BT and Virgin Media oppose Birmingham broadband

Man using a laptop Birmingham City Council secured funding to develop a superfast broadband network

BT and Virgin Media have launched a legal challenge against Birmingham City Council's plans to build a superfast broadband network.

The council had successfully applied for European Commission State Aid funding for the scheme.

The council argues that it will help local areas which are underserved by existing providers.

However Virgin Media argues there is "significant overbuild" with its current network.

Birmingham City Council wants to build a 100+Mbps (megabits per second) broadband network to serve specific local areas including Digbeth, Eastside and the city's Jewellery Quarter.

It says that businesses in those areas do not have access to "affordable" high speed broadband.

It is one of the first European cities to acquire EC State Aid for a superfast broadband initiative and the council claims "up to 1,000 jobs" could be created by the project.

'Test case'

Councillor James McKay said the council was "extremely disappointed" by the actions of BT and Virgin Media.

"The city has worked in a very positive and collaborative way with them over the last few years to help inform and develop our business case and we are surprised that they have now chosen to appeal at such a late stage," he said in a statement.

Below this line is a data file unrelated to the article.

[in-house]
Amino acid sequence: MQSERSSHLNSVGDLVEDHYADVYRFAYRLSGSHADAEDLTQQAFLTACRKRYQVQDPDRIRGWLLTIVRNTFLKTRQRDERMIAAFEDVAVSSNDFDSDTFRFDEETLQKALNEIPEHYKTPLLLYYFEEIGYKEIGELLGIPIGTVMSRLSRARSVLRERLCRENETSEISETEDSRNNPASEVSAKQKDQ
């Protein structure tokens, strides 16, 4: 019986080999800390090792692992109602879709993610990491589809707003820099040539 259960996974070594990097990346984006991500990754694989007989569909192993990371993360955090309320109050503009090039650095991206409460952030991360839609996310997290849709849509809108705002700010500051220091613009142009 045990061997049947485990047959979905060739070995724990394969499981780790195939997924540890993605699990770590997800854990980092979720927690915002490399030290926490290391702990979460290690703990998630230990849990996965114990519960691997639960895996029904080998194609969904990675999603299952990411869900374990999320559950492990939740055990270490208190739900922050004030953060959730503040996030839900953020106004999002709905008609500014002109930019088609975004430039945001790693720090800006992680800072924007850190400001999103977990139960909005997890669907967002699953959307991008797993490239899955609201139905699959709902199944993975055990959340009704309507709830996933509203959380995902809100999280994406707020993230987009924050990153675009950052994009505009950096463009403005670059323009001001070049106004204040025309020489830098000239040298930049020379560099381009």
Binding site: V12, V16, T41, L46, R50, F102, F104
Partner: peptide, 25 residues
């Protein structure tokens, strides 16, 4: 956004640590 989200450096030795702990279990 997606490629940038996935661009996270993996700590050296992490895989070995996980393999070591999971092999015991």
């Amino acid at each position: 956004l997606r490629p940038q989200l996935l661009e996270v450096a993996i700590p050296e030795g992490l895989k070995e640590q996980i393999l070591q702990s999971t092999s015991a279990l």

"We are liaising with government and the European Commission and we are advocating that this matter be treated with some urgency as a 'test case' for Europe and that everything that can be done to expedite it through the legal process is done."

Virgin Media said the plan "involves a significant overbuild" with its existing network.

"We fully support the Urban Broadband Fund and government ambitions to bring superfast broadband to areas not currently served by existing fibre networks," said the broadband provider.

"So it's disappointing that Birmingham City Council has put forward a scheme which is not in the interests of local people and we believe, as a result, the European Commission has made a decision based on inaccurate and misleading information which could waste public money."

"Virgin and BT have had plenty of time to modernise, and they haven't," said Chris Conder, a campaigner for rural broadband.

"It's time to stand up for the Davids against these Goliaths."

Birmingham was on the original list of 10 UK destinations set to benefit initially from a £100m UK government fund to create "super-connected" cities.

Chancellor George Osborne announced the plans earlier this year, which should see three million UK residents benefit from high-speed broadband by the year 2015.

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